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October 04, 2007

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MT57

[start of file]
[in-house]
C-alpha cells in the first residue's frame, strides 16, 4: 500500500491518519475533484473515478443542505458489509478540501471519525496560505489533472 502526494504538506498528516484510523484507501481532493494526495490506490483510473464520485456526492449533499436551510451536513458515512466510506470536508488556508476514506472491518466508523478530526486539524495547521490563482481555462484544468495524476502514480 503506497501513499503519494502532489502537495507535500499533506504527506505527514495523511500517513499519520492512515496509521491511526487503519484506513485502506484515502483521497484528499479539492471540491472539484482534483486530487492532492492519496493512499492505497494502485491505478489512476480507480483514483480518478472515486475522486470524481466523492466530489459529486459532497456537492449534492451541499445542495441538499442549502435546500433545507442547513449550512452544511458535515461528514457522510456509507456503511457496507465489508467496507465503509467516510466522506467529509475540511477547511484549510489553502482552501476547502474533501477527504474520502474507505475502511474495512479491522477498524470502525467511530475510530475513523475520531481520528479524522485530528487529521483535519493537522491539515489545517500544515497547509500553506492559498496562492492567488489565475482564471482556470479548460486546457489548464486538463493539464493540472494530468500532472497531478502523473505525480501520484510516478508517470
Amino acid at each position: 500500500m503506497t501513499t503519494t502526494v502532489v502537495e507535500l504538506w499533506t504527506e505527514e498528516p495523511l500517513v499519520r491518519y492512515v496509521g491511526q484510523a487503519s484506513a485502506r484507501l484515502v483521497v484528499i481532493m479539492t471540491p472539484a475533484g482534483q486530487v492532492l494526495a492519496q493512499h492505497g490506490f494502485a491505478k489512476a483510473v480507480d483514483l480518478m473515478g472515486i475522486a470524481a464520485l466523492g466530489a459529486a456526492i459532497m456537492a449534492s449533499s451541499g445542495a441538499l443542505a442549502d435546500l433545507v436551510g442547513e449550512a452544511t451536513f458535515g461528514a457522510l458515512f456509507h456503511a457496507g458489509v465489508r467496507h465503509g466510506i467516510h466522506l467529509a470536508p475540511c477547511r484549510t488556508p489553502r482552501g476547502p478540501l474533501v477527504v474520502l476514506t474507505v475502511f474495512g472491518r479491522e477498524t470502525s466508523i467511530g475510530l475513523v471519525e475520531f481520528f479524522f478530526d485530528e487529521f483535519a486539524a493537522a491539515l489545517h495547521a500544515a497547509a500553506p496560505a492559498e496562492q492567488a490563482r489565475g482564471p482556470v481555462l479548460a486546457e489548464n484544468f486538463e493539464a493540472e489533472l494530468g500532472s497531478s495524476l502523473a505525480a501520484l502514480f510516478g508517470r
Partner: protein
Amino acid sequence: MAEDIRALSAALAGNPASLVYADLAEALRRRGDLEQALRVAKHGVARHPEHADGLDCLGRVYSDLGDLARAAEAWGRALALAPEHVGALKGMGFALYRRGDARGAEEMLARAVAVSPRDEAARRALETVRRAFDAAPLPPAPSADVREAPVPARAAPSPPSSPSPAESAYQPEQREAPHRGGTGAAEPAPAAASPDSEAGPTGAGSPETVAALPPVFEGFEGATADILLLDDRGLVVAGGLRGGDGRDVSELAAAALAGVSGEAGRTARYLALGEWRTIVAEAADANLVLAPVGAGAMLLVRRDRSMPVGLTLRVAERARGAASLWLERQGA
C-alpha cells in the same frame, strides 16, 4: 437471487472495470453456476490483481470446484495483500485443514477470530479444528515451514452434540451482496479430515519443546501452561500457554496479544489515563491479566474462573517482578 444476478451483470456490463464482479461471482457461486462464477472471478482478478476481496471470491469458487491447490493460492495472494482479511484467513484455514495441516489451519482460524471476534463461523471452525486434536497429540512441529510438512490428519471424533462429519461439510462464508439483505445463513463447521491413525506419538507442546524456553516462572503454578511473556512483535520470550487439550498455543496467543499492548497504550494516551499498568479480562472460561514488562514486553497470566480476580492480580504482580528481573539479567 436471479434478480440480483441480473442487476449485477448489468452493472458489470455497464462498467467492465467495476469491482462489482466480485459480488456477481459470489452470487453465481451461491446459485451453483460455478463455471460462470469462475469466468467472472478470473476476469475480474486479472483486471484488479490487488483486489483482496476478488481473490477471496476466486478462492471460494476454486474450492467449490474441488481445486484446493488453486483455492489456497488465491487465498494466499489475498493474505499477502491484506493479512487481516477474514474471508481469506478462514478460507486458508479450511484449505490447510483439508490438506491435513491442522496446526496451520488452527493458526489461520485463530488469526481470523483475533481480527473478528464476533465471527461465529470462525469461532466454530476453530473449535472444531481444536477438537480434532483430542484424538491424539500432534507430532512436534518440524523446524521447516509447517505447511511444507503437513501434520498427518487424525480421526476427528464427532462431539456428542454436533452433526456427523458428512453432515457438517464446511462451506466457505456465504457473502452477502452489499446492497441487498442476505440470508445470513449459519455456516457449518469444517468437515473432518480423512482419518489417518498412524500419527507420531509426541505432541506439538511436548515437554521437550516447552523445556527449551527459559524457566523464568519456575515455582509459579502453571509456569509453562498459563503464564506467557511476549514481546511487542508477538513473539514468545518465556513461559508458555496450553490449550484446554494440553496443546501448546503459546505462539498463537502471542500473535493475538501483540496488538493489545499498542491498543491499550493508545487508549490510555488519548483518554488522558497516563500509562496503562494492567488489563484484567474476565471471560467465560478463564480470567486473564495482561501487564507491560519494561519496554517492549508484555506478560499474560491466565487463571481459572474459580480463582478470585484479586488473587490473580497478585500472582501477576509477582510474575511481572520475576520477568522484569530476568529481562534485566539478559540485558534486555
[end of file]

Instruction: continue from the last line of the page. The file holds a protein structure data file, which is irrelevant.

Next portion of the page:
Prof Baird's analysis is exactly right. The data used by Prof. LoPucki and the analyses performed on the data have the illusion of reliability but in the real world they are completely off base. First, book value is meaningless as an indicator of value for any company, solvent or not. Seoond, a debtor's petition date valuations are completely unreliable. The debtor might spend 3 - 5 minutes discussing with counsel what to say about value in the petition and for public companies, the answer will normally be "use the numbers in your last public filing, none of the creditors really pays attention to that field anyway." Third, firm size is only weakly correlated with ability to reorganize. Fourth, and most important, as Prof Baird's example of ABC-Naco illustrates, the study misses completely the key drivers of why a 363 sale is selected to resolve a distressed situation: it is not absolute EBITDA or absolute value that matters. What matters is the ability of a debtor to generate sufficient positive cash flow in chapter 11 or obtain DIP financing to pay admin expenses and service the secured debt. Many 363's involve companies that have (1) negative cash flow to begin with - for example, many tech companies that went public in the 90s and then went bust had negative cash flow, (2) insufficient cash flow to cover post petition operating expenses, professional fees and secured debt service, (the ABC-Naco example) or (3) a need for a priming dip to stay alive, but cannot obtain one because there is insufficient equity cushion and all the assets are pledged. Most 363 cases occur not because a faithless management has duped the creditors (that is absurd if you actually work in big chapter 11s) but because the secured lenders have lost patience with the company and have told the management they will not support the company's reorganization, but will only allow them enough funds to stay alive for a short while if the company is put up for sale. 363 sales are simply dignified and more efficient chapter 7's, and are not comparable to 11's. The data and analysis behind Bankruptcy Fire Sales are totally unreliable, and a comparison between successful 11's and 363 sales is like comparing groceries to garbage.

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